CBRC orders banks to create firewall around wealth management services
Mainland banks must create a firewall around increasingly popular wealth management services, the banking regulator said, in order to avoid any contagion from higher-risk products spreading to normal bank loans.
Banks must establish a separate department to carry out wealth management business by the end of September, the China Banking Regulatory Commission (CBRC) said on Friday.
The mainland's wealth management sector has exploded in recent years, Xinhua reported, citing the CBRC as saying that mainland banks had sold 50,918 wealth management products with an outstanding book value of 13.97 trillion yuan (HK$17.45 trillion) by the end of May, equivalent to about 27 per cent of the mainland's gross domestic product last year. Such products brought mainlanders more than 450 billion yuan in extra financial income at average weighted returns of 4.13 per cent last year, well above the benchmark interest rate of 3 per cent for one-year deposits, the CBRC said.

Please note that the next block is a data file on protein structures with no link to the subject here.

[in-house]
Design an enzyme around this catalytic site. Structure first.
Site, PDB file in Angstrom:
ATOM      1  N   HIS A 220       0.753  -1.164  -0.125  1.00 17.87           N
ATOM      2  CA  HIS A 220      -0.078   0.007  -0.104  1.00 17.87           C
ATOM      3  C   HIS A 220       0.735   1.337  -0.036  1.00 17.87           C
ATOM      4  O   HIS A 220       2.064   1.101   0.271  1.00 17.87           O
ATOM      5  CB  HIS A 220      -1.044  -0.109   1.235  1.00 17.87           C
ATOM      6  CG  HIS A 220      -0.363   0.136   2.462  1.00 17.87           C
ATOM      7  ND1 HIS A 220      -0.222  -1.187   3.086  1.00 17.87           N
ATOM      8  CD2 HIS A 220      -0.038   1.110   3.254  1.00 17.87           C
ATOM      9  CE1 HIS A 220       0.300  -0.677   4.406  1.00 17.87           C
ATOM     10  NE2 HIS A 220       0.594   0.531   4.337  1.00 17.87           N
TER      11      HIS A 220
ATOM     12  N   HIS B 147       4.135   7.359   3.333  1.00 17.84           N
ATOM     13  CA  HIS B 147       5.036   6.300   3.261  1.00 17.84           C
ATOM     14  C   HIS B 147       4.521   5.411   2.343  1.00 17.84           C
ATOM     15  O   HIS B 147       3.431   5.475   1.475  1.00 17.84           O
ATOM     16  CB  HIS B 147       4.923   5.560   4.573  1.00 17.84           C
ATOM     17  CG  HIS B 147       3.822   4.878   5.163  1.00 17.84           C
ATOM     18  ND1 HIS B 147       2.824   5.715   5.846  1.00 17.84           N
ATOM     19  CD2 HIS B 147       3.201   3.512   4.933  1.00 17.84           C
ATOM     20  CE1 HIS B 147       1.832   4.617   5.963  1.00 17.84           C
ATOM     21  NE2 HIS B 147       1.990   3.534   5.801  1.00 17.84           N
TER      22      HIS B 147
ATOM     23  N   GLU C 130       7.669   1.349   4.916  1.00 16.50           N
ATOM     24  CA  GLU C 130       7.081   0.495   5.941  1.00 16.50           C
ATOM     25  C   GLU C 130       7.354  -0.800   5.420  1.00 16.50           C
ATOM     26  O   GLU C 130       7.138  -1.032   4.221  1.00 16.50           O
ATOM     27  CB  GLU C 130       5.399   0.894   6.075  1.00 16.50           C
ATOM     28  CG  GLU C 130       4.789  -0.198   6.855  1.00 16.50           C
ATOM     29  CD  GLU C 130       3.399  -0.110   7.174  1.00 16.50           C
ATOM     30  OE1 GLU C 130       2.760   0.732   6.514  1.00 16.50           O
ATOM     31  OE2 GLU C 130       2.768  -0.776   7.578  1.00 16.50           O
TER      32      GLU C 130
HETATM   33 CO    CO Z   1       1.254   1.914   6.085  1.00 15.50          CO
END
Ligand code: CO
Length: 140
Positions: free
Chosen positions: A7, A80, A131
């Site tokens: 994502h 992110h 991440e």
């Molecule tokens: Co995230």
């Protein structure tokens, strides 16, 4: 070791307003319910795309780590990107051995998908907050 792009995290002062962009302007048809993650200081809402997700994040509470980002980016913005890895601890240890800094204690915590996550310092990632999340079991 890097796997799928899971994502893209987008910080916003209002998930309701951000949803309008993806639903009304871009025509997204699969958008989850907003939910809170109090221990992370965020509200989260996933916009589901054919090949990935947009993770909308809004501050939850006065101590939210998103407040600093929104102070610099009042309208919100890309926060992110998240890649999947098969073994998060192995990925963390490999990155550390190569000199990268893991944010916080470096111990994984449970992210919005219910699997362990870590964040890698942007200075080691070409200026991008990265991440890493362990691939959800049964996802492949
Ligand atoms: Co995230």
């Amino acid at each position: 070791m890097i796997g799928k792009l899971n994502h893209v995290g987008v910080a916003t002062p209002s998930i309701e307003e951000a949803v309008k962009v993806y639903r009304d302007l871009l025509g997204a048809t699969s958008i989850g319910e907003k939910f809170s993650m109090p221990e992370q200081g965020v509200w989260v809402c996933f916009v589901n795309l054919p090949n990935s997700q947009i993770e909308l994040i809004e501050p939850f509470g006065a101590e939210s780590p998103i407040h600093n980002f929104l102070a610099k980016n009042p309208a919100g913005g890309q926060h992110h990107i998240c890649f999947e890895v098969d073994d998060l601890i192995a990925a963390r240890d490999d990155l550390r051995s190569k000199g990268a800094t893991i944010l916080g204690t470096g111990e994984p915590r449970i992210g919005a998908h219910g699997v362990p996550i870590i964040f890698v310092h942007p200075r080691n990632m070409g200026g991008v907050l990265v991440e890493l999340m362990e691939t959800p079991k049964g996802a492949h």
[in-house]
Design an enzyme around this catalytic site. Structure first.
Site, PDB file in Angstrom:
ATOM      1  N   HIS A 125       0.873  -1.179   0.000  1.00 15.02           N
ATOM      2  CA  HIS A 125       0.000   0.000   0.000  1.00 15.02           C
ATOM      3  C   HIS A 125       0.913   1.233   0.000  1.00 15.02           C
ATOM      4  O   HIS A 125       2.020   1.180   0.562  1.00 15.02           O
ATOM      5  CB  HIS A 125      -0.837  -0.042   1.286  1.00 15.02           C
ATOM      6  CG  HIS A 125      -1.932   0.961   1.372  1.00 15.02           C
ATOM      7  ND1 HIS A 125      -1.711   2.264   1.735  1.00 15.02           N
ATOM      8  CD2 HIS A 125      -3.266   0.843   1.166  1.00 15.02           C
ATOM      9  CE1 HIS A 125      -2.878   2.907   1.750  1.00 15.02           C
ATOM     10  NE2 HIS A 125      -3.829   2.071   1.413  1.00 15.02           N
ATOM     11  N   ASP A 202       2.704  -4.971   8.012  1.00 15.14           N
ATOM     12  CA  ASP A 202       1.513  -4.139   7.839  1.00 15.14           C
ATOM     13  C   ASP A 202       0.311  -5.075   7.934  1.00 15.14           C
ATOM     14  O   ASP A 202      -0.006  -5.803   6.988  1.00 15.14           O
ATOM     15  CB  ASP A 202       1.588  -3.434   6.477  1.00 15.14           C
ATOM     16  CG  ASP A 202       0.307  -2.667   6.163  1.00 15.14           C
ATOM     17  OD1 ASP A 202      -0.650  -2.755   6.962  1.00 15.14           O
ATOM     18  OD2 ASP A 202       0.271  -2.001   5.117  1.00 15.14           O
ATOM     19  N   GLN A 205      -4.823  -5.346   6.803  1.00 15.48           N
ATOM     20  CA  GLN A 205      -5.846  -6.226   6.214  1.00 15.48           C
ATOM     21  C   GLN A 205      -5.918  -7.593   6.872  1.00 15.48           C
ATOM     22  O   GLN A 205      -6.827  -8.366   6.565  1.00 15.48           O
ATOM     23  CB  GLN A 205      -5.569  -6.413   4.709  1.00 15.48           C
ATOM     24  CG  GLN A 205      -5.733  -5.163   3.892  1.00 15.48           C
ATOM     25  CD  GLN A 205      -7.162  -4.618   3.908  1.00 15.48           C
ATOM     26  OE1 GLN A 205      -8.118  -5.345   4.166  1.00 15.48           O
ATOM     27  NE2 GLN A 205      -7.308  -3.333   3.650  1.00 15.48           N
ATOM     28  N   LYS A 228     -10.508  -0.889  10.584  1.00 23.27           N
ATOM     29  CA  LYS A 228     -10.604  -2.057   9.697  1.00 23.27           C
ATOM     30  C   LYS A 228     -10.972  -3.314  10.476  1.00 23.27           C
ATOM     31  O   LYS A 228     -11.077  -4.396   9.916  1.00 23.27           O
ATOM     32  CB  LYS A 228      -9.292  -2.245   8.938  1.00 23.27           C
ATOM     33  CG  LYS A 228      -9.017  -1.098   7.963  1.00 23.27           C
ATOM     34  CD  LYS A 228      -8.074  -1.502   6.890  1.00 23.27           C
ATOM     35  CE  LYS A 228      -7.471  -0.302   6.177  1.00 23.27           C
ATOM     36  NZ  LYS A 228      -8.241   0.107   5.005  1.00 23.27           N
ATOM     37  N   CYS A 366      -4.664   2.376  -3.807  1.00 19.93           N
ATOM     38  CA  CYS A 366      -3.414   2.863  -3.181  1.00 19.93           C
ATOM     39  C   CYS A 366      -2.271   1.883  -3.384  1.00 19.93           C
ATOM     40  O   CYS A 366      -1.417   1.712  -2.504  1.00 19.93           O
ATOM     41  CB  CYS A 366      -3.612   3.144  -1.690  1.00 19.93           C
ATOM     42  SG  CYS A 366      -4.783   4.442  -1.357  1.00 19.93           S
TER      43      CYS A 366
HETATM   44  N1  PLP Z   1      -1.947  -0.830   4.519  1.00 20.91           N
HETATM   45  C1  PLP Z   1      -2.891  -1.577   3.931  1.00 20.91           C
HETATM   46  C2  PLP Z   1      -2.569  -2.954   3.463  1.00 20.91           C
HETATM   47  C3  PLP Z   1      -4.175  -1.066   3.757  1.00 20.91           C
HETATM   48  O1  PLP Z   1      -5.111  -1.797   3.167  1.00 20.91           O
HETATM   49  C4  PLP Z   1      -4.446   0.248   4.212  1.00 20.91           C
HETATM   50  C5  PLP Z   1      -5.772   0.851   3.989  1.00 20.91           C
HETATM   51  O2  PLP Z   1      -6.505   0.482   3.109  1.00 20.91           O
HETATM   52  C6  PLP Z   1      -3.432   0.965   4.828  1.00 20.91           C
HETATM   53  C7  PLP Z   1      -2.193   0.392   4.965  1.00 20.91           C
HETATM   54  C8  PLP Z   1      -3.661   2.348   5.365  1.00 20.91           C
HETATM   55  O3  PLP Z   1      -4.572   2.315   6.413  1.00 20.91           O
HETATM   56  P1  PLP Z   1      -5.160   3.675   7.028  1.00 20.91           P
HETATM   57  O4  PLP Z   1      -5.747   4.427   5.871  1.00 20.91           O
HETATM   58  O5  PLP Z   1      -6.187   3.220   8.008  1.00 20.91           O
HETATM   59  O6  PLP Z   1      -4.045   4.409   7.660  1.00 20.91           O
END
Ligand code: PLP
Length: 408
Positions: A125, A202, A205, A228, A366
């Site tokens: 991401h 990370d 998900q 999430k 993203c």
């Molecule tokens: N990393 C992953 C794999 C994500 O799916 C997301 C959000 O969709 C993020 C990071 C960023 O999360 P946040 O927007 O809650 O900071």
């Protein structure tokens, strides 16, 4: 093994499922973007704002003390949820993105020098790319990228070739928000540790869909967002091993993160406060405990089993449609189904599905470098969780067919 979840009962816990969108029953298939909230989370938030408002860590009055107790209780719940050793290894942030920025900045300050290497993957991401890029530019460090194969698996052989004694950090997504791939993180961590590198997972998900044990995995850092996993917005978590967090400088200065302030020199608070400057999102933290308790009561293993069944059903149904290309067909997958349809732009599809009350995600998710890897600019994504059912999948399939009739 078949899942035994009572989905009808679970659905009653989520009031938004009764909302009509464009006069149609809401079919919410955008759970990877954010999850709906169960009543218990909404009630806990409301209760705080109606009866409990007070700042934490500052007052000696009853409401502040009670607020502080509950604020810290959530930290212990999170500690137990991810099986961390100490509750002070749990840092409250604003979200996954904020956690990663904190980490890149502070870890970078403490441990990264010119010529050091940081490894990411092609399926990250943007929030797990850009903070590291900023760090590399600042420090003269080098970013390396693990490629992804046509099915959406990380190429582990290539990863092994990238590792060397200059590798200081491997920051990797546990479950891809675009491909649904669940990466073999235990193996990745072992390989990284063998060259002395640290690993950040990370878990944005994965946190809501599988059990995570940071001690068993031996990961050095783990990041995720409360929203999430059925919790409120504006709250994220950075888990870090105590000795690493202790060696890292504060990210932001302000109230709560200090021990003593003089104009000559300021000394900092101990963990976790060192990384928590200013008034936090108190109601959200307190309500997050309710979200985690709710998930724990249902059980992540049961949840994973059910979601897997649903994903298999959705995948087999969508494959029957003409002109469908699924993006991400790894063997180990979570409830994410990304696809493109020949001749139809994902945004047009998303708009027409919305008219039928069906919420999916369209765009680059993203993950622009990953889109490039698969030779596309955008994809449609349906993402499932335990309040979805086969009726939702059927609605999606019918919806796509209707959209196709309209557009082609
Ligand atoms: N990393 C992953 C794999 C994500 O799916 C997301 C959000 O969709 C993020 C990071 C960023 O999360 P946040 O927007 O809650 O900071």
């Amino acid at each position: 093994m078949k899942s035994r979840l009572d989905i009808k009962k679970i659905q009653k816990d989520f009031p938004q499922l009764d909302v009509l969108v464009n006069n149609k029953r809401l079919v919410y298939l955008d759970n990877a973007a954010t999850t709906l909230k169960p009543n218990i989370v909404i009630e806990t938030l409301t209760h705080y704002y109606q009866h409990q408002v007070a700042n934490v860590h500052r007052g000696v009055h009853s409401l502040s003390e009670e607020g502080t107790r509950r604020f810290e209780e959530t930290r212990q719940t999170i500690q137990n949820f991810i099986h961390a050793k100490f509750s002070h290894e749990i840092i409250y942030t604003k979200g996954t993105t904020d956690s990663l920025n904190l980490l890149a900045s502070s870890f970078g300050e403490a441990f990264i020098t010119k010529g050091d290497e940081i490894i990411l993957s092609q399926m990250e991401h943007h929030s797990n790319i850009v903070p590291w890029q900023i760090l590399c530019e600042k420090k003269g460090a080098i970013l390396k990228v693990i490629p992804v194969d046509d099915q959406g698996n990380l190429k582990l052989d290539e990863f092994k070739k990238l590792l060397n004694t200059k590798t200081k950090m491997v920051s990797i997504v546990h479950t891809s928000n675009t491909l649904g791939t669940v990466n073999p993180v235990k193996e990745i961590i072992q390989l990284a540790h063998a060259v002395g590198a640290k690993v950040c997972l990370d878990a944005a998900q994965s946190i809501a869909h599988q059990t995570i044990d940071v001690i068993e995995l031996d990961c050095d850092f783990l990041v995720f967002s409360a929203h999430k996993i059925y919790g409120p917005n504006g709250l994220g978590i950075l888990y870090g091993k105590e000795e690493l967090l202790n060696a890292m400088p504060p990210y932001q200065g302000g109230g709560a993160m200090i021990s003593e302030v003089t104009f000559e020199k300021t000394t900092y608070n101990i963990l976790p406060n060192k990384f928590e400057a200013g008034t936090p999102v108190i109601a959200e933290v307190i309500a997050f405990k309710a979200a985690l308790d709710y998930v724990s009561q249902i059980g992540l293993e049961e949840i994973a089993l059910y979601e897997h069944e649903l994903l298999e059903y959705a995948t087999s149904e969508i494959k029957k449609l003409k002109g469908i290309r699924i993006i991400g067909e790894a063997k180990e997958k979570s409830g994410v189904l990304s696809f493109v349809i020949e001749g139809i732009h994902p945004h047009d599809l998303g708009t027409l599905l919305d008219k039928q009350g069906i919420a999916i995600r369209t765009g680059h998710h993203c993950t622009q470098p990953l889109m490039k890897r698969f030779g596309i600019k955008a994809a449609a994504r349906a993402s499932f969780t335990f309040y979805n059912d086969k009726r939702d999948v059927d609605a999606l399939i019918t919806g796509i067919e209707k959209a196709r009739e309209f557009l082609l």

Beijing has been pushing to strengthen regulation of the wealth management sector as it looks to diversify funding channels. The new rules require banks to set up separate departments for risk management, accounting and statistical analysis for wealth management services, and give details for each wealth management product individually.
In a research note yesterday, JP Morgan analysts said the rules were likely to have a "negative impact on system liquidity and may increase default risks", but they were unsure whether they applied to existing wealth management products or only ones that would be issued after the announcement.
They said the rules might affect smaller mainland banks, including China Merchants Bank, Citic Bank and Minsheng Bank, more than their peers because they were carrying more exposure to wealth management products.
The three lenders' average ratio of wealth management product to assets was 13 per cent last year, higher than the industry mean of 8 per cent. China Merchants Bank's reading jumped to 17 per cent last year from 11 per cent in 2012.